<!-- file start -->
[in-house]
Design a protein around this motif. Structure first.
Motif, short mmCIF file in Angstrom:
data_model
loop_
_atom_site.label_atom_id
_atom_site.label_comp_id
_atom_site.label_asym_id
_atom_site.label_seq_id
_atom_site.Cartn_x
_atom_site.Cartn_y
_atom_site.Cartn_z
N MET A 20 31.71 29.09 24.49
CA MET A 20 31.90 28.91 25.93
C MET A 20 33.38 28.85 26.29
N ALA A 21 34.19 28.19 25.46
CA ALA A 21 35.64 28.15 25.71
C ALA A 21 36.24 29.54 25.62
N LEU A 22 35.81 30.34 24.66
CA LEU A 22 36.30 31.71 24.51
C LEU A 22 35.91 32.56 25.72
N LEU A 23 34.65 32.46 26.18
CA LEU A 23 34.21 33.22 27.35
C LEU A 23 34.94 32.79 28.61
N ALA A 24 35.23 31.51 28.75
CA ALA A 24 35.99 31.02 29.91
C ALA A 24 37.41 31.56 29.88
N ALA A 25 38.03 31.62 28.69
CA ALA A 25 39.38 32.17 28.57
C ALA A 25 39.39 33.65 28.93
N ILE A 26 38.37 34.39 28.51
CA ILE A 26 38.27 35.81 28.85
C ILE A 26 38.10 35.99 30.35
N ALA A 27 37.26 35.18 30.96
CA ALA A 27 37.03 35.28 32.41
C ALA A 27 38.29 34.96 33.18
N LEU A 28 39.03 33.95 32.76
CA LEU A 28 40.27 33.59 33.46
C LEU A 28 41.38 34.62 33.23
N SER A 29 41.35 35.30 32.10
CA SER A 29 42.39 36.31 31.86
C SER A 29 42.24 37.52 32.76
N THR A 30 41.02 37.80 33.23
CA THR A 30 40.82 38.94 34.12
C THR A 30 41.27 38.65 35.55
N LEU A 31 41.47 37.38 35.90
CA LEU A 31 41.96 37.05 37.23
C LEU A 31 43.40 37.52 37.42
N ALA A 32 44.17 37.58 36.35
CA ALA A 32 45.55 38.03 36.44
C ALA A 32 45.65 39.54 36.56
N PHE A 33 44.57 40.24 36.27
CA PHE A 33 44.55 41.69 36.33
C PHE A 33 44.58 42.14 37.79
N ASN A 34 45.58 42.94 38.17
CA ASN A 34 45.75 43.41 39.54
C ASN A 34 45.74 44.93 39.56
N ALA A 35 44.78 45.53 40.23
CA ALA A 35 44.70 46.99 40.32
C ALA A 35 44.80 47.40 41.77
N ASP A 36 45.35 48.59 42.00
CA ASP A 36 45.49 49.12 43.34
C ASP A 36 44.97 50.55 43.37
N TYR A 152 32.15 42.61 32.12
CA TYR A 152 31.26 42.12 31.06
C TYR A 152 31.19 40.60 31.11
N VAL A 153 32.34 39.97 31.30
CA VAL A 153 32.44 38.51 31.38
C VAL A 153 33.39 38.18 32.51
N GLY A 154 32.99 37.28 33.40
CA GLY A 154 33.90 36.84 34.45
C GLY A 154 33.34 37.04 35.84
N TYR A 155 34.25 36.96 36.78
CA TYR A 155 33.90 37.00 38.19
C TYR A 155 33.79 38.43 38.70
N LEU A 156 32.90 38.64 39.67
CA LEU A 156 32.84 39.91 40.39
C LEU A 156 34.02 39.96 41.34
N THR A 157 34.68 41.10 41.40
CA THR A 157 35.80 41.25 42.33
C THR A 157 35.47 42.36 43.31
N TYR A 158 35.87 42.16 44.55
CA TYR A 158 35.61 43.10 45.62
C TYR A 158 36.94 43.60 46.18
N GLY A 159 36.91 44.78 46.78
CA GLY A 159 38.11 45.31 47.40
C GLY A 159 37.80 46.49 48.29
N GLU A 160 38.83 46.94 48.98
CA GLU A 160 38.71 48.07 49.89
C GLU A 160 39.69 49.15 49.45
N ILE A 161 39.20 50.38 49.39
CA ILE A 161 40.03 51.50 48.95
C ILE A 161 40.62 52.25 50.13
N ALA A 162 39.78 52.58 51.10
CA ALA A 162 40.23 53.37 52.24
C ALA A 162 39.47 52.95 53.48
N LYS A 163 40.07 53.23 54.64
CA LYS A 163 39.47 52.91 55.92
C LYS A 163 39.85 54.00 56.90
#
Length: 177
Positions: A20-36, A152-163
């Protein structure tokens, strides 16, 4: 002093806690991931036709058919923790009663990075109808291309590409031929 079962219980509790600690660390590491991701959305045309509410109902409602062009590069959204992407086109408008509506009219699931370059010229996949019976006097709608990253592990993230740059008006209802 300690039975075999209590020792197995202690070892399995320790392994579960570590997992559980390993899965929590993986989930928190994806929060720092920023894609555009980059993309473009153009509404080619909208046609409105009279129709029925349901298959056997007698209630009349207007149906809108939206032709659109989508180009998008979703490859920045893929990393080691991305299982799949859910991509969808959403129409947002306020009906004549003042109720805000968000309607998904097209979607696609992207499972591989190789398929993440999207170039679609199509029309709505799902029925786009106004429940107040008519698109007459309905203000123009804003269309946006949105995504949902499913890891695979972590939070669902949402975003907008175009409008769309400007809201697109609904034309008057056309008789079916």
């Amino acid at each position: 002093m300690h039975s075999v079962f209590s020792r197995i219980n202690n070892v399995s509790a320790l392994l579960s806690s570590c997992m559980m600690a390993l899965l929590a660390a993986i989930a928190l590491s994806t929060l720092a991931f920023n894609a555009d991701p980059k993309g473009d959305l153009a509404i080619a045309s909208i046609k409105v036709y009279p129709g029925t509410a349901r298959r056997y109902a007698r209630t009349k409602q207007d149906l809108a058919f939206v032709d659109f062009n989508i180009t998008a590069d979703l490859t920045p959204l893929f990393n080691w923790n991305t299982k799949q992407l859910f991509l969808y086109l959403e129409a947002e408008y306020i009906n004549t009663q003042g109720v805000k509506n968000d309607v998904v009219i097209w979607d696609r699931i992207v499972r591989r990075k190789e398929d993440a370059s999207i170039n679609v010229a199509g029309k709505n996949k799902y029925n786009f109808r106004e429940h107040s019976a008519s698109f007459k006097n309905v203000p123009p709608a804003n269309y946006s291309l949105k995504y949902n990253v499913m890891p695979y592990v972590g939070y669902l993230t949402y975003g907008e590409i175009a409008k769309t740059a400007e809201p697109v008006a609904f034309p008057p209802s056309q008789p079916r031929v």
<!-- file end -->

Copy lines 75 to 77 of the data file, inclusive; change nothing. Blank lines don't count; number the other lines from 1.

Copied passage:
C TYR A 155 33.79 38.43 38.70
N LEU A 156 32.90 38.64 39.67
CA LEU A 156 32.84 39.91 40.39